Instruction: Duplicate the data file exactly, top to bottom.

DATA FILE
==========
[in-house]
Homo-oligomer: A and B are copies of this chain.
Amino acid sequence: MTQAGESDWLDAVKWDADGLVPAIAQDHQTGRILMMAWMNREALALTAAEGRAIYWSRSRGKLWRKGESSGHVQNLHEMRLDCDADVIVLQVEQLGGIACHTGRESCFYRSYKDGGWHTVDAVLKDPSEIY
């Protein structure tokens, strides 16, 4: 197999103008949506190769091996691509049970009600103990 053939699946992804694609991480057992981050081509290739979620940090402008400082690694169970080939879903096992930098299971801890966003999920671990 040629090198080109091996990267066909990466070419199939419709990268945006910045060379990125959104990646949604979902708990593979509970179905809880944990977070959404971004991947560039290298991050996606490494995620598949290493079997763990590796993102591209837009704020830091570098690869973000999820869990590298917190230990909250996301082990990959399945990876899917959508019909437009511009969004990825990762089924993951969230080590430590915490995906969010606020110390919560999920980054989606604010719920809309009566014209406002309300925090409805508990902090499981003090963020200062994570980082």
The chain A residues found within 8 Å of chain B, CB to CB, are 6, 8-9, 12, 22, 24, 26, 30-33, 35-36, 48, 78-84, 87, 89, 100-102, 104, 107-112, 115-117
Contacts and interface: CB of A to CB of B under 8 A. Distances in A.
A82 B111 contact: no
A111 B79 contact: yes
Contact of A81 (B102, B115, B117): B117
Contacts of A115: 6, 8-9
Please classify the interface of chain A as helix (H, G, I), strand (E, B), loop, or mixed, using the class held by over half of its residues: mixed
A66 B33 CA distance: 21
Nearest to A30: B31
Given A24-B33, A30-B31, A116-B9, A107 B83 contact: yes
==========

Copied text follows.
[in-house]
Homo-oligomer: A and B are copies of this chain.
Amino acid sequence: MTQAGESDWLDAVKWDADGLVPAIAQDHQTGRILMMAWMNREALALTAAEGRAIYWSRSRGKLWRKGESSGHVQNLHEMRLDCDADVIVLQVEQLGGIACHTGRESCFYRSYKDGGWHTVDAVLKDPSEIY
């Protein structure tokens, strides 16, 4: 197999103008949506190769091996691509049970009600103990 053939699946992804694609991480057992981050081509290739979620940090402008400082690694169970080939879903096992930098299971801890966003999920671990 040629090198080109091996990267066909990466070419199939419709990268945006910045060379990125959104990646949604979902708990593979509970179905809880944990977070959404971004991947560039290298991050996606490494995620598949290493079997763990590796993102591209837009704020830091570098690869973000999820869990590298917190230990909250996301082990990959399945990876899917959508019909437009511009969004990825990762089924993951969230080590430590915490995906969010606020110390919560999920980054989606604010719920809309009566014209406002309300925090409805508990902090499981003090963020200062994570980082």
The chain A residues found within 8 Å of chain B, CB to CB, are 6, 8-9, 12, 22, 24, 26, 30-33, 35-36, 48, 78-84, 87, 89, 100-102, 104, 107-112, 115-117
Contacts and interface: CB of A to CB of B under 8 A. Distances in A.
A82 B111 contact: no
A111 B79 contact: yes
Contact of A81 (B102, B115, B117): B117
Contacts of A115: 6, 8-9
Please classify the interface of chain A as helix (H, G, I), strand (E, B), loop, or mixed, using the class held by over half of its residues: mixed
A66 B33 CA distance: 21
Nearest to A30: B31
Given A24-B33, A30-B31, A116-B9, A107 B83 contact: yes